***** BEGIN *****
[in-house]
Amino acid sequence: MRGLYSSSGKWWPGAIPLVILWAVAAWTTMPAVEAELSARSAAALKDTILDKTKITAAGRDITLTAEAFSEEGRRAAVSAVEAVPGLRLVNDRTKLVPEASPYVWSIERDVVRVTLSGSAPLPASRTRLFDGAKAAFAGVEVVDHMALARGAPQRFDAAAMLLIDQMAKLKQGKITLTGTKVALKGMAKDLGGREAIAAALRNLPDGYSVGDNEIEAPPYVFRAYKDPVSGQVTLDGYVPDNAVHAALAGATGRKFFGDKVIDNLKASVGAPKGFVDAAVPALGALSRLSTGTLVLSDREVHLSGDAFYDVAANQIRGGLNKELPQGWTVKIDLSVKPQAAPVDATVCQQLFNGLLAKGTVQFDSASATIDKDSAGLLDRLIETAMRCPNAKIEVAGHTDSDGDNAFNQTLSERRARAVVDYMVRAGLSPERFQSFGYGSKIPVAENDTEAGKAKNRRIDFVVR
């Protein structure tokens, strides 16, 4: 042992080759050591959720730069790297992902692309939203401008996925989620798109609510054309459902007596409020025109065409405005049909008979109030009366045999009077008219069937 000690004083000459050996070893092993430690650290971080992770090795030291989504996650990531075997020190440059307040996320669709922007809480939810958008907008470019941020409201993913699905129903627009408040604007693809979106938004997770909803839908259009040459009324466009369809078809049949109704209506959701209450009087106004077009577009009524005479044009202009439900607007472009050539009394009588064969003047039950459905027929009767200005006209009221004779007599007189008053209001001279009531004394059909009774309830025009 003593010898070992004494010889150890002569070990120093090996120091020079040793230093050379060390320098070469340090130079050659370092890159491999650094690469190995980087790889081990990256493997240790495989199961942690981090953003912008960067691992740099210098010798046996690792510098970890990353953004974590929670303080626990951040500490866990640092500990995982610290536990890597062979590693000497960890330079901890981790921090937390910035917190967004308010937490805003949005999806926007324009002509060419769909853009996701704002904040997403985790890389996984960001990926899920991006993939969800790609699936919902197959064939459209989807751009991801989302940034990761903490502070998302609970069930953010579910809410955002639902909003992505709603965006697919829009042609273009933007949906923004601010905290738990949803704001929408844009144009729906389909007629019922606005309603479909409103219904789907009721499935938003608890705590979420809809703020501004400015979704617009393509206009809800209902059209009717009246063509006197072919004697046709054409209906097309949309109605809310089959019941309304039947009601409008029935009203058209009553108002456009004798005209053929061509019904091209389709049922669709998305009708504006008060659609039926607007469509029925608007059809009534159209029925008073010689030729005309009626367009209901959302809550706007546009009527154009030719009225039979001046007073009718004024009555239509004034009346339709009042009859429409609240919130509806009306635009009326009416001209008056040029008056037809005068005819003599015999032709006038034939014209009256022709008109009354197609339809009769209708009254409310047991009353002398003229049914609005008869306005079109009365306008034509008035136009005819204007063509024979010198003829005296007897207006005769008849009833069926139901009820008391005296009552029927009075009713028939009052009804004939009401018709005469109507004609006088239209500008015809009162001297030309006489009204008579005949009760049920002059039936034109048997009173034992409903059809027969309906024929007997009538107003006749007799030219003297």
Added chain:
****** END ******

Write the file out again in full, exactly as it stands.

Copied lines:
[in-house]
Amino acid sequence: MRGLYSSSGKWWPGAIPLVILWAVAAWTTMPAVEAELSARSAAALKDTILDKTKITAAGRDITLTAEAFSEEGRRAAVSAVEAVPGLRLVNDRTKLVPEASPYVWSIERDVVRVTLSGSAPLPASRTRLFDGAKAAFAGVEVVDHMALARGAPQRFDAAAMLLIDQMAKLKQGKITLTGTKVALKGMAKDLGGREAIAAALRNLPDGYSVGDNEIEAPPYVFRAYKDPVSGQVTLDGYVPDNAVHAALAGATGRKFFGDKVIDNLKASVGAPKGFVDAAVPALGALSRLSTGTLVLSDREVHLSGDAFYDVAANQIRGGLNKELPQGWTVKIDLSVKPQAAPVDATVCQQLFNGLLAKGTVQFDSASATIDKDSAGLLDRLIETAMRCPNAKIEVAGHTDSDGDNAFNQTLSERRARAVVDYMVRAGLSPERFQSFGYGSKIPVAENDTEAGKAKNRRIDFVVR
């Protein structure tokens, strides 16, 4: 042992080759050591959720730069790297992902692309939203401008996925989620798109609510054309459902007596409020025109065409405005049909008979109030009366045999009077008219069937 000690004083000459050996070893092993430690650290971080992770090795030291989504996650990531075997020190440059307040996320669709922007809480939810958008907008470019941020409201993913699905129903627009408040604007693809979106938004997770909803839908259009040459009324466009369809078809049949109704209506959701209450009087106004077009577009009524005479044009202009439900607007472009050539009394009588064969003047039950459905027929009767200005006209009221004779007599007189008053209001001279009531004394059909009774309830025009 003593010898070992004494010889150890002569070990120093090996120091020079040793230093050379060390320098070469340090130079050659370092890159491999650094690469190995980087790889081990990256493997240790495989199961942690981090953003912008960067691992740099210098010798046996690792510098970890990353953004974590929670303080626990951040500490866990640092500990995982610290536990890597062979590693000497960890330079901890981790921090937390910035917190967004308010937490805003949005999806926007324009002509060419769909853009996701704002904040997403985790890389996984960001990926899920991006993939969800790609699936919902197959064939459209989807751009991801989302940034990761903490502070998302609970069930953010579910809410955002639902909003992505709603965006697919829009042609273009933007949906923004601010905290738990949803704001929408844009144009729906389909007629019922606005309603479909409103219904789907009721499935938003608890705590979420809809703020501004400015979704617009393509206009809800209902059209009717009246063509006197072919004697046709054409209906097309949309109605809310089959019941309304039947009601409008029935009203058209009553108002456009004798005209053929061509019904091209389709049922669709998305009708504006008060659609039926607007469509029925608007059809009534159209029925008073010689030729005309009626367009209901959302809550706007546009009527154009030719009225039979001046007073009718004024009555239509004034009346339709009042009859429409609240919130509806009306635009009326009416001209008056040029008056037809005068005819003599015999032709006038034939014209009256022709008109009354197609339809009769209708009254409310047991009353002398003229049914609005008869306005079109009365306008034509008035136009005819204007063509024979010198003829005296007897207006005769008849009833069926139901009820008391005296009552029927009075009713028939009052009804004939009401018709005469109507004609006088239209500008015809009162001297030309006489009204008579005949009760049920002059039936034109048997009173034992409903059809027969309906024929007997009538107003006749007799030219003297």
Added chain: